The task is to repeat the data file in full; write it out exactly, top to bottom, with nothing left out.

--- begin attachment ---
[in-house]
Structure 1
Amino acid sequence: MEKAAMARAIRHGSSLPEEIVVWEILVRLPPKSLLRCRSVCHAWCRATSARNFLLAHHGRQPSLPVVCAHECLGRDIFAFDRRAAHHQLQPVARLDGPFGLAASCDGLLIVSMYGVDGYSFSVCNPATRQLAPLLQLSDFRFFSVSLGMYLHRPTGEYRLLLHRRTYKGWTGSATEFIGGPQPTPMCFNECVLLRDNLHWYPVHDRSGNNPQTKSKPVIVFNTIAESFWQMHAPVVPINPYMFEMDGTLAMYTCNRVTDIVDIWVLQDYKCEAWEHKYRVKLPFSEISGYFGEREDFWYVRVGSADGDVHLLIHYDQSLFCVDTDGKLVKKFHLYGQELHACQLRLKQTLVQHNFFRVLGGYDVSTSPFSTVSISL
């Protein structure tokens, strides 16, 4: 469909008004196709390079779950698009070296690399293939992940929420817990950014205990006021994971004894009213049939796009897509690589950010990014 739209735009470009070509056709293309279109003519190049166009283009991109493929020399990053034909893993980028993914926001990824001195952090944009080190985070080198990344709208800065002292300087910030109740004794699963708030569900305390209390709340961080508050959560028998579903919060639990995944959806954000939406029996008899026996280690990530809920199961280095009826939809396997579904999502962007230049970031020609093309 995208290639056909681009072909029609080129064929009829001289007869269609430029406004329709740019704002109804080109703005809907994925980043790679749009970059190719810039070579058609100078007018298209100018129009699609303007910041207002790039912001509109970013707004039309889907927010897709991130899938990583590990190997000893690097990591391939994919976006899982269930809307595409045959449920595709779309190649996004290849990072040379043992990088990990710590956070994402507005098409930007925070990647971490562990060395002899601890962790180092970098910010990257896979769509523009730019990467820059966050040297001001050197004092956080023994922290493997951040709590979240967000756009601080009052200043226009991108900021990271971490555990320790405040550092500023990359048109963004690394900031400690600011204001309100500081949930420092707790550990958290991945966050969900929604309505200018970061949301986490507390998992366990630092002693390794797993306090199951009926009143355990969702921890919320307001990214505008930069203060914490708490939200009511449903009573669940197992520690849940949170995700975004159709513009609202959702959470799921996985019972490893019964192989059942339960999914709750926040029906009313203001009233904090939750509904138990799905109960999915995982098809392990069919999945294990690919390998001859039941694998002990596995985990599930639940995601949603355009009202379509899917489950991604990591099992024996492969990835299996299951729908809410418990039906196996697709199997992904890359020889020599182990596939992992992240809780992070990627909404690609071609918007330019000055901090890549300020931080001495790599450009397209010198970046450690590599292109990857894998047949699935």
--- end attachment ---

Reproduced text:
[in-house]
Structure 1
Amino acid sequence: MEKAAMARAIRHGSSLPEEIVVWEILVRLPPKSLLRCRSVCHAWCRATSARNFLLAHHGRQPSLPVVCAHECLGRDIFAFDRRAAHHQLQPVARLDGPFGLAASCDGLLIVSMYGVDGYSFSVCNPATRQLAPLLQLSDFRFFSVSLGMYLHRPTGEYRLLLHRRTYKGWTGSATEFIGGPQPTPMCFNECVLLRDNLHWYPVHDRSGNNPQTKSKPVIVFNTIAESFWQMHAPVVPINPYMFEMDGTLAMYTCNRVTDIVDIWVLQDYKCEAWEHKYRVKLPFSEISGYFGEREDFWYVRVGSADGDVHLLIHYDQSLFCVDTDGKLVKKFHLYGQELHACQLRLKQTLVQHNFFRVLGGYDVSTSPFSTVSISL
């Protein structure tokens, strides 16, 4: 469909008004196709390079779950698009070296690399293939992940929420817990950014205990006021994971004894009213049939796009897509690589950010990014 739209735009470009070509056709293309279109003519190049166009283009991109493929020399990053034909893993980028993914926001990824001195952090944009080190985070080198990344709208800065002292300087910030109740004794699963708030569900305390209390709340961080508050959560028998579903919060639990995944959806954000939406029996008899026996280690990530809920199961280095009826939809396997579904999502962007230049970031020609093309 995208290639056909681009072909029609080129064929009829001289007869269609430029406004329709740019704002109804080109703005809907994925980043790679749009970059190719810039070579058609100078007018298209100018129009699609303007910041207002790039912001509109970013707004039309889907927010897709991130899938990583590990190997000893690097990591391939994919976006899982269930809307595409045959449920595709779309190649996004290849990072040379043992990088990990710590956070994402507005098409930007925070990647971490562990060395002899601890962790180092970098910010990257896979769509523009730019990467820059966050040297001001050197004092956080023994922290493997951040709590979240967000756009601080009052200043226009991108900021990271971490555990320790405040550092500023990359048109963004690394900031400690600011204001309100500081949930420092707790550990958290991945966050969900929604309505200018970061949301986490507390998992366990630092002693390794797993306090199951009926009143355990969702921890919320307001990214505008930069203060914490708490939200009511449903009573669940197992520690849940949170995700975004159709513009609202959702959470799921996985019972490893019964192989059942339960999914709750926040029906009313203001009233904090939750509904138990799905109960999915995982098809392990069919999945294990690919390998001859039941694998002990596995985990599930639940995601949603355009009202379509899917489950991604990591099992024996492969990835299996299951729908809410418990039906196996697709199997992904890359020889020599182990596939992992992240809780992070990627909404690609071609918007330019000055901090890549300020931080001495790599450009397209010198970046450690590599292109990857894998047949699935």